GalleriesGal Picks: Exhibitions in Hong Kong to see in August

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August? How did we get to August? [Insert your favourite cliché about time slipping away here]. Don’t worry, I won’t write a long philosophical pondering on the passage and concept of time, let’s leave that for a rainy day conversation. Here’s my monthly selection of heatwave-friendly art exhibitions with a guaranteed cooling effect (did I just make that up? Yes. Yes, I did). Go and check them all, of course, if you manage to squeeze in a culture fix between work, beach days, and junk trips (yes, I see all of your stories).

 

 

Fung Ming Chip: 20Hz – 20KHz

Why: I’m not a huge fan of the dreaded word “traditional”, nevertheless I have the biggest and softest spot for traditional ink art with modern and contemporary twists and undertones. 20Hz – 20KHz is a human’s hearing range, so we are talking about a beautiful visual representation of multilayered sounds. And as instruments are merging, resonating and overlapping to create a music piece, so do layers of brushstrokes, spills, and ink stains. The exhibition is accompanied by a playlist, so feel free to enrich your experience with some tunes.

Where: Galerie du Monde,108 Ruttonjee Centre,11 Duddell Street, Central
When: 23 July–28 August

 

Sam Gilliam

 Why: Certainly a “we’re not in Kansas anymore” feeling for me. When I think Sam Gilliam I immediately remember his stained and suspended canvases and multicoloured flowy, tie-dye acrylic, and watercolour paintings. These are different. Heavily textured with an addition of sawdust, aluminium granules, tin shot and grit, the artworks are much more reserved in terms of colour—at least from a distance—but still recognisably draped. They remind me of aerial views of some fantastic landscapes or extraterrestrial Zen gardens (given the fact that some of them have rake-like scratches, gardens are very much a legit association). Quoting the artist himself: “Every work of art has a moment, has a time, but there is nothing like art. I mean, there’s nothing like art”. Guess it is the moment now.

Where: Pace, 12/F, H Queen’s, 80 Queen’s Road, Central
When: 22 July–2 September

 

Lee Bae

Why: That gloss, those lines, and that play of light and texture. The unapologetic colour, and the ultimate dedication to material. As you might have guessed Lee Bae is one of my favourite artists, and even though I feel it is an art crime that I am not dedicating more words to write about this exhibition, I am tempted to pull the “because-I-told-you-so” card here. If you love him as much as I do—which would be a lie, of course—go and see the show. If you have never seen his works—go and see the show. If you don’t like Lee Bae—write me an email on that, I really want to know what’s in your head you curious creature.

Where: Perrotin, 807, K11 ATELIER, Victoria Dockside, 18 Salisbury Road, Tsim Sha Tsui
When: 7 August–11 September

 

Residual Heat | Ze/Ro

Why: “Residual Heat” is divided into three room-chapters and I feel that “Ze/Ro” could be seen as the more gender-specific continuation of this idea. Speaking about emotional response to social and personal events, passing the ‘heat’ of feelings and thoughts both exhibitions are thought provoking, poignant, and expressive.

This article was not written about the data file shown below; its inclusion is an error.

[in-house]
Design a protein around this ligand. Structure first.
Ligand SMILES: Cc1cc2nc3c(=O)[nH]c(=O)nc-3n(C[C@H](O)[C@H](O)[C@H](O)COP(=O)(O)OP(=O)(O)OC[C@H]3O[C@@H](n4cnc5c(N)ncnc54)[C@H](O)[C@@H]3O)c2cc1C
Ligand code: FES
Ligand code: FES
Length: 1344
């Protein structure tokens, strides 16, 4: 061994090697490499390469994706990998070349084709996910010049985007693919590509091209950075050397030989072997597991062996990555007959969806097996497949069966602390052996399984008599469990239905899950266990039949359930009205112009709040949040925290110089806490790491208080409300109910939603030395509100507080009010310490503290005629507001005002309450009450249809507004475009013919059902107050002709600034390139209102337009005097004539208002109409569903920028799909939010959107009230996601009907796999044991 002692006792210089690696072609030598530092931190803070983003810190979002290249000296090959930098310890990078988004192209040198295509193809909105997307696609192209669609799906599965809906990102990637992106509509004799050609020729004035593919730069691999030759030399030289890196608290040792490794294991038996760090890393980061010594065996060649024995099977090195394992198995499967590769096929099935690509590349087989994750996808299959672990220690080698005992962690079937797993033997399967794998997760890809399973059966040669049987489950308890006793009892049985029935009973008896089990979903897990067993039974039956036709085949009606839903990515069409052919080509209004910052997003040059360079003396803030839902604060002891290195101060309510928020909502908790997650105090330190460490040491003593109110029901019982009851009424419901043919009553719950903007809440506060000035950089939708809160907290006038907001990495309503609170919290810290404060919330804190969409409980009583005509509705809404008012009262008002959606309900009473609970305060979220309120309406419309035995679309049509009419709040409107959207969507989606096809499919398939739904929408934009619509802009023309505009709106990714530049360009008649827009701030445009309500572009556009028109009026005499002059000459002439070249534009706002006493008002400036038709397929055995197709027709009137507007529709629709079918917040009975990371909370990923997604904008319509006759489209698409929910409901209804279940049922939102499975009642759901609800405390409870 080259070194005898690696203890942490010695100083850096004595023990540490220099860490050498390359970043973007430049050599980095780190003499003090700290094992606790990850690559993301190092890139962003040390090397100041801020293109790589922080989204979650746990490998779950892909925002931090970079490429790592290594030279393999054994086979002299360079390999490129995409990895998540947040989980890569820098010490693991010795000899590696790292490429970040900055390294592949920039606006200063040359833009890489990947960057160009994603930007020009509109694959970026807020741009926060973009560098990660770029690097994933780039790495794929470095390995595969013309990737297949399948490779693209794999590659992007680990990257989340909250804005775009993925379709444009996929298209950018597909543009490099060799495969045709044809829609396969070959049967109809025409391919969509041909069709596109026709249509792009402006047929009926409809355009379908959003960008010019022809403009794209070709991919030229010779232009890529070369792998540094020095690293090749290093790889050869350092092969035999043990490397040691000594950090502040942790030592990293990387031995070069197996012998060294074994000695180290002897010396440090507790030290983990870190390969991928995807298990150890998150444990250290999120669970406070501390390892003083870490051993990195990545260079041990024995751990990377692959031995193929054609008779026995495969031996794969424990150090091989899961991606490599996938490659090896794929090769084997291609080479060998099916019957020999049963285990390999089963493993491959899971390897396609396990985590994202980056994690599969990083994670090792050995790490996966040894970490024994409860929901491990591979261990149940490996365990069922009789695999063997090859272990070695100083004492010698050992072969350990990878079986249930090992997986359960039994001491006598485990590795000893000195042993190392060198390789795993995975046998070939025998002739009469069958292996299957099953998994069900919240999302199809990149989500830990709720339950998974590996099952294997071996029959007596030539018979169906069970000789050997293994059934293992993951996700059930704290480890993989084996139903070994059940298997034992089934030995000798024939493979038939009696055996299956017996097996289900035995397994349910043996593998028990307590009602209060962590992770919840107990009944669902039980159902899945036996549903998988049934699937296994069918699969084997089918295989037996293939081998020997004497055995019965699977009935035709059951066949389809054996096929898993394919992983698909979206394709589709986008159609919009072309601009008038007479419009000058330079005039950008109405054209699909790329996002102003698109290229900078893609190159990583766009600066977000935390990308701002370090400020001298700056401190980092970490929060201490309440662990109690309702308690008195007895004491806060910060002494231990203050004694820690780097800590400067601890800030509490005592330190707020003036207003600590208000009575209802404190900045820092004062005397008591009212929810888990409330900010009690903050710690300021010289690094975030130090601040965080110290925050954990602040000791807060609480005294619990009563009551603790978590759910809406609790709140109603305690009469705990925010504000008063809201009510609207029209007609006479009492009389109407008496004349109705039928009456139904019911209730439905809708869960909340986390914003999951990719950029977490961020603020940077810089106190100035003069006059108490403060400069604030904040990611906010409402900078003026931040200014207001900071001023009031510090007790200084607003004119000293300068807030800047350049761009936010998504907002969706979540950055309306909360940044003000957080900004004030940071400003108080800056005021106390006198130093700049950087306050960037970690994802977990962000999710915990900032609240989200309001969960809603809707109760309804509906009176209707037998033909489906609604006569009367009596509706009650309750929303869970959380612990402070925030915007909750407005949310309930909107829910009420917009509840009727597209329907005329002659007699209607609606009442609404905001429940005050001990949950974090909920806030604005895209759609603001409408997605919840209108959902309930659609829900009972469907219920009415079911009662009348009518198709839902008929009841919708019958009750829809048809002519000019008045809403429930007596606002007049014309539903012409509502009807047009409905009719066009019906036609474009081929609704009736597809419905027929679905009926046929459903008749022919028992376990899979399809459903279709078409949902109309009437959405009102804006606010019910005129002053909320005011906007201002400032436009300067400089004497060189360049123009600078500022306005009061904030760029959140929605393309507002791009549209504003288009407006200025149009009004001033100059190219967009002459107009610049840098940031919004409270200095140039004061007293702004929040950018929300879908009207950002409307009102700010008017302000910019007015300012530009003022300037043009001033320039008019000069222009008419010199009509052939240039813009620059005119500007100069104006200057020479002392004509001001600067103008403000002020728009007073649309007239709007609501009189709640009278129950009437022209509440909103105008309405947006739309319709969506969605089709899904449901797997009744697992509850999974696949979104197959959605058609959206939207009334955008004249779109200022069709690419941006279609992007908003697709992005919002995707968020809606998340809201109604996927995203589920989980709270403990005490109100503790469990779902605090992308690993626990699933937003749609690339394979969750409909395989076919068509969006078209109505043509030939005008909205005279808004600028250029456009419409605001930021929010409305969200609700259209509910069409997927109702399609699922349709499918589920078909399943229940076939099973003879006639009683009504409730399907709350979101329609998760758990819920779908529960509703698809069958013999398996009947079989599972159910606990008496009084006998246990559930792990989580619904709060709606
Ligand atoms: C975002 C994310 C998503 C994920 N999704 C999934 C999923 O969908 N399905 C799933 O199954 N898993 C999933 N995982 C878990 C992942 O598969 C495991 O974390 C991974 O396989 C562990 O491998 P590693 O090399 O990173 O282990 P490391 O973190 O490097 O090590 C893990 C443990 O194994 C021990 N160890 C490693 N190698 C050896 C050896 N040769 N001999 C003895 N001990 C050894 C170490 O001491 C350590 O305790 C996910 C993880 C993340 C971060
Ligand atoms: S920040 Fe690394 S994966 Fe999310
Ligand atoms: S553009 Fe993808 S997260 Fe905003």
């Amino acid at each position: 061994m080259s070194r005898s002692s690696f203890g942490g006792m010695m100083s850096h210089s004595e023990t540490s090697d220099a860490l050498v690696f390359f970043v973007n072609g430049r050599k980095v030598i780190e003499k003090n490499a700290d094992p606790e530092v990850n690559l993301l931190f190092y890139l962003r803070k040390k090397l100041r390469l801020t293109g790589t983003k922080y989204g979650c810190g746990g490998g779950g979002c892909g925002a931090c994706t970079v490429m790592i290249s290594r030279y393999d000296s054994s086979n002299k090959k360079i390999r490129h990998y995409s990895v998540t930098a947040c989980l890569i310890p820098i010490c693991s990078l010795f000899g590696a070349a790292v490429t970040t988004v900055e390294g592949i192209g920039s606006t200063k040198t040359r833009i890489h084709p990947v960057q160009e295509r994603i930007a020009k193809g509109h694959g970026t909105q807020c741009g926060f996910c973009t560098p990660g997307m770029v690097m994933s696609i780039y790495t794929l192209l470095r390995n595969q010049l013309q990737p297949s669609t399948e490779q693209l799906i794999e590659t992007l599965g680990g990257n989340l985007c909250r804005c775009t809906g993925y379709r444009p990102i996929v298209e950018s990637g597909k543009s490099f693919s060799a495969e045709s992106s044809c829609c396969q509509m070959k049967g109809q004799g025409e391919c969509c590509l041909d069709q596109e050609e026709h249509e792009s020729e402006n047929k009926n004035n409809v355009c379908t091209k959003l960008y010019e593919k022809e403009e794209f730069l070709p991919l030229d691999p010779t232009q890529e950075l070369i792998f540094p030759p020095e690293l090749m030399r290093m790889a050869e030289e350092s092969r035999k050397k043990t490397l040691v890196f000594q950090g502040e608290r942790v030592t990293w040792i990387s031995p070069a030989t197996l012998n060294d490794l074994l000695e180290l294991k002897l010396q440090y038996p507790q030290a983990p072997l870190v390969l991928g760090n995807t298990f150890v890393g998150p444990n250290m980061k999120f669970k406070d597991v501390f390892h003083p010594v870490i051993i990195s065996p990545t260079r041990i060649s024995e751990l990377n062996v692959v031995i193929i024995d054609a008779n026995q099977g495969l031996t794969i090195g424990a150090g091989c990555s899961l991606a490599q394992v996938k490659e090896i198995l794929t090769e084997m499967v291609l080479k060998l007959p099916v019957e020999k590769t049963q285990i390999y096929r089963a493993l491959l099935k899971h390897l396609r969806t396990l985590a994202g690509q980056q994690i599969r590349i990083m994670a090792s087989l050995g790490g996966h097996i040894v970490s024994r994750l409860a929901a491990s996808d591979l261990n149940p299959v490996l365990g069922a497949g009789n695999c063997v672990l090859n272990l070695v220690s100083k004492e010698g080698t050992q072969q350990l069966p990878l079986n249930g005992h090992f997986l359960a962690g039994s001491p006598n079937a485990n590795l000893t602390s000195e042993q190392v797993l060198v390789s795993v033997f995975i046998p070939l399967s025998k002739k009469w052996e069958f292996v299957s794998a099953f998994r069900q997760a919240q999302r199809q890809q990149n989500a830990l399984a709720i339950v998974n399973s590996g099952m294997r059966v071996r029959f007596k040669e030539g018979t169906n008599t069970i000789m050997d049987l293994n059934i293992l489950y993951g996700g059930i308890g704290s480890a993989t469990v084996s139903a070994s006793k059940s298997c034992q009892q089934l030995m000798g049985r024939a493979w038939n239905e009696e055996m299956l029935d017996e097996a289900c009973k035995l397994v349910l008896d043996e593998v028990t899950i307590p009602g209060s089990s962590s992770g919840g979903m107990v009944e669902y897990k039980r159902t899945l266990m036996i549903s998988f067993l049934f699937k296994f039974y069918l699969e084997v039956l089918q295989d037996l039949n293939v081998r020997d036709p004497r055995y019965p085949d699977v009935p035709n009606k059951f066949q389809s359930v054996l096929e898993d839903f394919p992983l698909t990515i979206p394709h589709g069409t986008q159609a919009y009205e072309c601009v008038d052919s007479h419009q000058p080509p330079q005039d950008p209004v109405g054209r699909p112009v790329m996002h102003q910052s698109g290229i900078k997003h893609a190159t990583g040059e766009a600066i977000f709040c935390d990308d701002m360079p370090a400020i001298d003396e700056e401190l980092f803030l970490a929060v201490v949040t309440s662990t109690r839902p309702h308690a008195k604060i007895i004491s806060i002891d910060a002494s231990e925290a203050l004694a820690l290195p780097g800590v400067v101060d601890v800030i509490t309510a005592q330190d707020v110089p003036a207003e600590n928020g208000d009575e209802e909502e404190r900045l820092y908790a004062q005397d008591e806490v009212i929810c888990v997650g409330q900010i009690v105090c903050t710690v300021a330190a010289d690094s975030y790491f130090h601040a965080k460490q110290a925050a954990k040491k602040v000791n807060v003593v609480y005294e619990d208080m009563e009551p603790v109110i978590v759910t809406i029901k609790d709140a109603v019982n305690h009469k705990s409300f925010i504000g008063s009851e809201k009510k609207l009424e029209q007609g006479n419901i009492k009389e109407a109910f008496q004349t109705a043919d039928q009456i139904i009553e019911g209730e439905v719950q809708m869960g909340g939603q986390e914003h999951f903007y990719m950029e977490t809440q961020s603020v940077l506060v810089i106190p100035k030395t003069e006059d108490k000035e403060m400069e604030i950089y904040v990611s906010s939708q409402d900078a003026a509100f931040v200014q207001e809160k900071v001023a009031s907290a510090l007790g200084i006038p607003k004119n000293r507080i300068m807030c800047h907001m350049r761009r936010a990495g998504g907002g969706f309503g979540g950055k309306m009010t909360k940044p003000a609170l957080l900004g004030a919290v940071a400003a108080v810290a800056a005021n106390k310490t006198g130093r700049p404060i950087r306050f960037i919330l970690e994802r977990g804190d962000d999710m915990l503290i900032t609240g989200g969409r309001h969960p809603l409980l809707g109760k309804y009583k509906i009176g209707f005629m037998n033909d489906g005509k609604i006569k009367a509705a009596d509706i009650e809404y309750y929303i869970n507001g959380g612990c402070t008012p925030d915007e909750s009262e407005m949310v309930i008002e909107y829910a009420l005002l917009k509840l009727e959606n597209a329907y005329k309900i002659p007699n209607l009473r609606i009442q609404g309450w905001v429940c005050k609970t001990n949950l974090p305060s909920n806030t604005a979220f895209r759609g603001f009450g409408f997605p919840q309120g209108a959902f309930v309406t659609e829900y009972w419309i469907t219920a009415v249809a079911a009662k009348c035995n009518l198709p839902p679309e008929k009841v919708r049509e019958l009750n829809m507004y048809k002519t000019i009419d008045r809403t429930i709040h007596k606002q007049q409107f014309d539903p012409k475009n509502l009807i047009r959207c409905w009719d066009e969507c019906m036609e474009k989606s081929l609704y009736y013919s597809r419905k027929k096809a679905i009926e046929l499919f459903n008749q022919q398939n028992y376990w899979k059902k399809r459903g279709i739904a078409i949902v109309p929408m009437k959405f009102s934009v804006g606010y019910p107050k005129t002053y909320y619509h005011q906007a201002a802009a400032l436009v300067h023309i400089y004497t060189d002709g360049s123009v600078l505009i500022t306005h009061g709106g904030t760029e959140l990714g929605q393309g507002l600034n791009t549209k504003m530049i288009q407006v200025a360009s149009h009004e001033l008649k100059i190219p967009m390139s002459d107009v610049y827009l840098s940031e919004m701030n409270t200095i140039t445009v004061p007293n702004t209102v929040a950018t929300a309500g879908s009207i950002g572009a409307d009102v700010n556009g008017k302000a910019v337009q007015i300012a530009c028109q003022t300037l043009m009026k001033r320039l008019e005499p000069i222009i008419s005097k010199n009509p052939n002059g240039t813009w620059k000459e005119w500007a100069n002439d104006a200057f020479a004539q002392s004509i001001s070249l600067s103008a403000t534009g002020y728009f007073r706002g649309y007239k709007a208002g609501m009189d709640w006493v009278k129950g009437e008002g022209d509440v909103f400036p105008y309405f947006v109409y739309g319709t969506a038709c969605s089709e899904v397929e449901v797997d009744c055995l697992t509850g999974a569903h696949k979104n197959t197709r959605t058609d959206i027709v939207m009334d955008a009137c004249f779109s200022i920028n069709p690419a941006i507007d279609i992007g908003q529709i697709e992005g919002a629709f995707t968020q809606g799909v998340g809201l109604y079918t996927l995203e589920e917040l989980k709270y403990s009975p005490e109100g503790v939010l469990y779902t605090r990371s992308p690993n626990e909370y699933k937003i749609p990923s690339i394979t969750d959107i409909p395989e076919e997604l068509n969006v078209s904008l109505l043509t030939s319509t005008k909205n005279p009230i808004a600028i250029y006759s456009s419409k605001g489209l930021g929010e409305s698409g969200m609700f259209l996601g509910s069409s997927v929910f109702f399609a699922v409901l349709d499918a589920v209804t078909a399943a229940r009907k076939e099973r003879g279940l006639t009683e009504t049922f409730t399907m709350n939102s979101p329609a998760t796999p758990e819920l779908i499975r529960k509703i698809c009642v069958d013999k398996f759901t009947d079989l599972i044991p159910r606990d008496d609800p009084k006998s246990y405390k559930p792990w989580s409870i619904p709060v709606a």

“Residual Heat” is curated by Chris Wan Feng and features works by Kurt Chan, Jaffa Lam, Ocean Leung, Ivy Ma, Shawn Tang, Morgan Wong, and Wu Jiaru.

“Ze/Ro” is curated by Shirky Chan and showing works by Au Hoi Lam, Chan Ka Kiu, Christy Chow, Jaffa Lam, and Jess Lau.

Both exhibitions are part of Hong Kong Art Gallery Association’s (HKAGA) Summer Programme and are highly recommended to be seen in one day.

Where: Axel Vervoordt Gallery, 21/F, Coda Design Building, Wong Chuk Hang
When: 17 July 17–28 August

Where: Ben Brown Fine Arts, 2/F, The Factory, 1 Yip Fat Street, Wong Chuk Hang
When: 13 July–26 August

 

Marlon Mullen

Why: I just realised in the process of writing this selection that this is the third exhibition with texture as a main focus. This time it is a lush foamy one, making meta-text paintings look a bit like ice cream cakes. Marlon Mullen has autistic spectrum disorder and aphasia, which is worth mentioning in this case because the paintings are main parts of the communication paths of perception and expression. Look closely and you may see layers of stripes, letters and images, sunken and overpainted remnants of spoken words and shared thoughts. (But can we also talk about how difficult it is to stop yourself from touching surfaces of artworks? Can I receive hardship pay of some sort? My will power isn’t unlimited!)

Where: Massimo de Carlo, 3/F, Pedder Building, Central
When: 15 July– 31 August

 

Door

Why Here’s a little bonus track; but why you ask? Well, at the time of writing the project is still an art residency and open studio for artists Cheng Hung, Jeremy Fung, Lau Hiu Tung, and Wong Sze Chit, but the first week of August will be for exhibiting the fruits of their labour. Will it be worth seeing? I am pretty sure it will be. The works were made in response to the site and the environment, and have you seen the buildings and neighbourhood? Charming 1930s tong lau (shophouse) located in the Tai Hang—how can you make bad art working there for a month?

So, now that I have totally overhyped it, let’s all go and see the exhibition. Well, until that time… ta da!

Where: The Shophouse, 4 Second Lane, Tai Hang
When: 2 August–8 August

 

 

 
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